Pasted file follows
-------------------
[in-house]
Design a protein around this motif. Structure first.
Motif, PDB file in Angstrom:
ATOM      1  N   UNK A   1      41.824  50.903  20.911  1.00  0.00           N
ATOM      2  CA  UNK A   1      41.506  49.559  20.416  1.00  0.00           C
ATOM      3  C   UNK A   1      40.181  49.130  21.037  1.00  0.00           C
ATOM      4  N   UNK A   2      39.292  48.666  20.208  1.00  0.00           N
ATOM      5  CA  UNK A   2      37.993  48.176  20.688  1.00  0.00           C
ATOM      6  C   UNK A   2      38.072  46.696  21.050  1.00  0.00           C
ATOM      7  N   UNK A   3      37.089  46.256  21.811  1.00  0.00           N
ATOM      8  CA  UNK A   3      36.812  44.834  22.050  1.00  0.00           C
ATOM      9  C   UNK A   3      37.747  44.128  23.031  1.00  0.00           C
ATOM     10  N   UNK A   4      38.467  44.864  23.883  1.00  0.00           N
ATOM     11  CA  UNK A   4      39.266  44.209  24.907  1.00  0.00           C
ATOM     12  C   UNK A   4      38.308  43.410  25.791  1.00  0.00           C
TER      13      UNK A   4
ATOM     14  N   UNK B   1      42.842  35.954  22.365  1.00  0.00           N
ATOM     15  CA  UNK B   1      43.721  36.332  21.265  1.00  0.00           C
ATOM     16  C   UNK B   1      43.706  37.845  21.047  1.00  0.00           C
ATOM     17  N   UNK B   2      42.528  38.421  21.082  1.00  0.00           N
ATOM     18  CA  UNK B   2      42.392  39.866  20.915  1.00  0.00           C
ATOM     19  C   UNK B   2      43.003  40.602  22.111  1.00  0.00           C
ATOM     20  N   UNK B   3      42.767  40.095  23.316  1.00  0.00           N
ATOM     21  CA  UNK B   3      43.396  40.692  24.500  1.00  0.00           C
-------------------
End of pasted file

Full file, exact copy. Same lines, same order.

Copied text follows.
[in-house]
Design a protein around this motif. Structure first.
Motif, PDB file in Angstrom:
ATOM      1  N   UNK A   1      41.824  50.903  20.911  1.00  0.00           N
ATOM      2  CA  UNK A   1      41.506  49.559  20.416  1.00  0.00           C
ATOM      3  C   UNK A   1      40.181  49.130  21.037  1.00  0.00           C
ATOM      4  N   UNK A   2      39.292  48.666  20.208  1.00  0.00           N
ATOM      5  CA  UNK A   2      37.993  48.176  20.688  1.00  0.00           C
ATOM      6  C   UNK A   2      38.072  46.696  21.050  1.00  0.00           C
ATOM      7  N   UNK A   3      37.089  46.256  21.811  1.00  0.00           N
ATOM      8  CA  UNK A   3      36.812  44.834  22.050  1.00  0.00           C
ATOM      9  C   UNK A   3      37.747  44.128  23.031  1.00  0.00           C
ATOM     10  N   UNK A   4      38.467  44.864  23.883  1.00  0.00           N
ATOM     11  CA  UNK A   4      39.266  44.209  24.907  1.00  0.00           C
ATOM     12  C   UNK A   4      38.308  43.410  25.791  1.00  0.00           C
TER      13      UNK A   4
ATOM     14  N   UNK B   1      42.842  35.954  22.365  1.00  0.00           N
ATOM     15  CA  UNK B   1      43.721  36.332  21.265  1.00  0.00           C
ATOM     16  C   UNK B   1      43.706  37.845  21.047  1.00  0.00           C
ATOM     17  N   UNK B   2      42.528  38.421  21.082  1.00  0.00           N
ATOM     18  CA  UNK B   2      42.392  39.866  20.915  1.00  0.00           C
ATOM     19  C   UNK B   2      43.003  40.602  22.111  1.00  0.00           C
ATOM     20  N   UNK B   3      42.767  40.095  23.316  1.00  0.00           N
ATOM     21  CA  UNK B   3      43.396  40.692  24.500  1.00  0.00           C